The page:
Connelly-Once the anthology comes out, it should be clear everyone should see that soft side of my work has always been there. My early Fini tribe work is very melodic as well. I have always liked melody, but on the other hand, I also need the visceral violence of music. You know, sometimes a vegetarian might crave some raw steak or to get violent s well


Carli-Was the group name the Bells in homage to Lou Reed?

Connelly-Yes the group was named after his album of the same name.

Carli-Which of your recordings are you most proud of and why?

Connelly-I’m really proud of my new solo album, “Shipwreck.” On that record, I had a really great band. They were very sympathetic to what I was doing, and it was very much collaboration. I love the way it turned out,

Carli-One of your songs is about the French actress, Julie Delphy (of “Beyond Sunrise” “Beatrice,” and “White.’) Are you a fan of her work? Did she react to the song in any way and did you meet her?

Connelly-I don’t know if she ever heard the song but I do like her. And at the time I thought it might be a decent way of getting into her pants.

Carli-She even has a cameo in the animated film “Waking Life. Speaking of films, there are some cinematic references in your work, and your ex-bandmate, Al Jourgensen recently wrote the score for “A.I." Would you like to score films? Which films would you have liked to have scored?

Connelly-Certainly I am a big fan of movies. I watch them all the time. There’s never really been a movie that has been made that made me think I should have done the score. But I’m about to score a film this year called “Leftover Voices,” I am not apprehensive, but it’s going to be a challenge. It’s a different way of looking at music. The name of the filmmaker is Shayna Weiss. I will have to be sympathetic to a variety of movements or characters. It’s almost like you’re scoring for a ballet with dialog. I’m looking forward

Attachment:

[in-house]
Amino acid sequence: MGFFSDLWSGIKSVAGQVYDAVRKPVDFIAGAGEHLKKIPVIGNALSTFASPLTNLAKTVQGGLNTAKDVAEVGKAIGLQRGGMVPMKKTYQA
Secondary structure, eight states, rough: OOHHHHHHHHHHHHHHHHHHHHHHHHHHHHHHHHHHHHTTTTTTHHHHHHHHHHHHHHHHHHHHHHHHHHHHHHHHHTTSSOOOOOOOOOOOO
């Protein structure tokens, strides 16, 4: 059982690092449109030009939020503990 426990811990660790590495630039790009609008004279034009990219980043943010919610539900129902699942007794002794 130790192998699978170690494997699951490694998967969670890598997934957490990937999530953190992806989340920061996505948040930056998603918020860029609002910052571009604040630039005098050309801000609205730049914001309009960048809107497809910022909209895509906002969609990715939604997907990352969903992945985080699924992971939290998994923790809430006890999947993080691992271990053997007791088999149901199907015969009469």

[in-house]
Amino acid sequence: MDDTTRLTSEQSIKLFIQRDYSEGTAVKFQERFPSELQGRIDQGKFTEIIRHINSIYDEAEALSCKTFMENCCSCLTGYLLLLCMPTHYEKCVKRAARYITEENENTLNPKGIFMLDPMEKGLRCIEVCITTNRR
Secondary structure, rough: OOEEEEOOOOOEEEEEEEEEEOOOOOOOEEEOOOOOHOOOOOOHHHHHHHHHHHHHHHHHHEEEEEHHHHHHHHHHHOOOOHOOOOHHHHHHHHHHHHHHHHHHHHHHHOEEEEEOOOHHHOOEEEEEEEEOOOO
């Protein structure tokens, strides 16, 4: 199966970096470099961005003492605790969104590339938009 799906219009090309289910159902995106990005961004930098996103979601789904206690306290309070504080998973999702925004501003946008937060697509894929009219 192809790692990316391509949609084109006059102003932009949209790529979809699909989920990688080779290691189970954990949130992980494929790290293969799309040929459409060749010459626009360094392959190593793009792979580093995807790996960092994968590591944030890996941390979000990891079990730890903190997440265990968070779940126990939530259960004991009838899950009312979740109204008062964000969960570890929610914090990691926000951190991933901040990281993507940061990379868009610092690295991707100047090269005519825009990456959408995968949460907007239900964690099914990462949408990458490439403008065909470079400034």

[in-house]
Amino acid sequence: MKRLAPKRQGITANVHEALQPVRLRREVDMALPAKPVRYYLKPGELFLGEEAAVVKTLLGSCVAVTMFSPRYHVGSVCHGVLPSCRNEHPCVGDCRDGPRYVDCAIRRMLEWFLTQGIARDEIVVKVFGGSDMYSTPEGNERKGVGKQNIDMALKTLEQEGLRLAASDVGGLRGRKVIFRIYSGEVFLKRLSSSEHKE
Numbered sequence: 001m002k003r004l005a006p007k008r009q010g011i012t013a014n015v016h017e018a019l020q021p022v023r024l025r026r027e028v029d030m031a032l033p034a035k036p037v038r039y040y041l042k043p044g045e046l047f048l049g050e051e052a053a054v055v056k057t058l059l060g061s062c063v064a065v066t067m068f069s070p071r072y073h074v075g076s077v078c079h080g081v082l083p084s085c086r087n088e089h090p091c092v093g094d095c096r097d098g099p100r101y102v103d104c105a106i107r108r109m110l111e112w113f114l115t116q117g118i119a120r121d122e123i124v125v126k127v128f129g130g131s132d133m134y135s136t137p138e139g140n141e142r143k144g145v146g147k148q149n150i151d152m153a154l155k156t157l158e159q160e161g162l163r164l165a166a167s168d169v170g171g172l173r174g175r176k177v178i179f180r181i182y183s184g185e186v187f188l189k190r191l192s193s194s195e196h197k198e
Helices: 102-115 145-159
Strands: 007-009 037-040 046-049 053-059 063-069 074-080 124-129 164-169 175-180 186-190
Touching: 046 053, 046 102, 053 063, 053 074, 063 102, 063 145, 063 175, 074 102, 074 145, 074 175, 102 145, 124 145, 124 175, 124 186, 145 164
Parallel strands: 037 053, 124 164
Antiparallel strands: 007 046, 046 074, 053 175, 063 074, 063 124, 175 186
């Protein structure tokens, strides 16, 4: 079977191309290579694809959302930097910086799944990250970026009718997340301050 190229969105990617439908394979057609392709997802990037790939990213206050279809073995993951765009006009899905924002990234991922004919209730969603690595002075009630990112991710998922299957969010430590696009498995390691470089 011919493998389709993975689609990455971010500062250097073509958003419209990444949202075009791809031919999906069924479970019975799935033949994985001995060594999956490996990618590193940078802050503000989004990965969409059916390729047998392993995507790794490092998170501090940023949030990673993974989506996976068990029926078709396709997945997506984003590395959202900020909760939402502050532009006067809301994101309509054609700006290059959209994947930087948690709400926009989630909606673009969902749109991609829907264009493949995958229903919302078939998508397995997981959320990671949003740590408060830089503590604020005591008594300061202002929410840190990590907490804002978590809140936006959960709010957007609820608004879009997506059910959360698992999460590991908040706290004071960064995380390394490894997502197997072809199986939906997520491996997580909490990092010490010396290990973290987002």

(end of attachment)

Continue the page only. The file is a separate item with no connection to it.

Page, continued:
to it.


Carli-Which of your recordings are you most proud of and why?

Connelly-I’m really proud of my new solo album, “Shipwreck” on that record I had a really great band. They were very sympathetic to what I was doing and it was very much collaboration. I love the way it turned out,

Carli-What are your favorite recordings by other people and why?

Connelly-My favorites have always been David Bowie, the Can, Captain Beefheart, and Scott Walker. These are people I still feverishly listen to. I also listen to a lot of folk music like Fairport Convention. . I just love Sandy Denny’s voice.

Carli-She was also on Led Zepplin’s “The Battle of Evermore.” I just love how she blended her voice with Robert Plant’s

Connelly-That’s right. But I have been listening to lots of folk. I have an affinity for it, but I don’t know how they do it.

Carli-Do you also like Richard and Linda Thompson’s work too?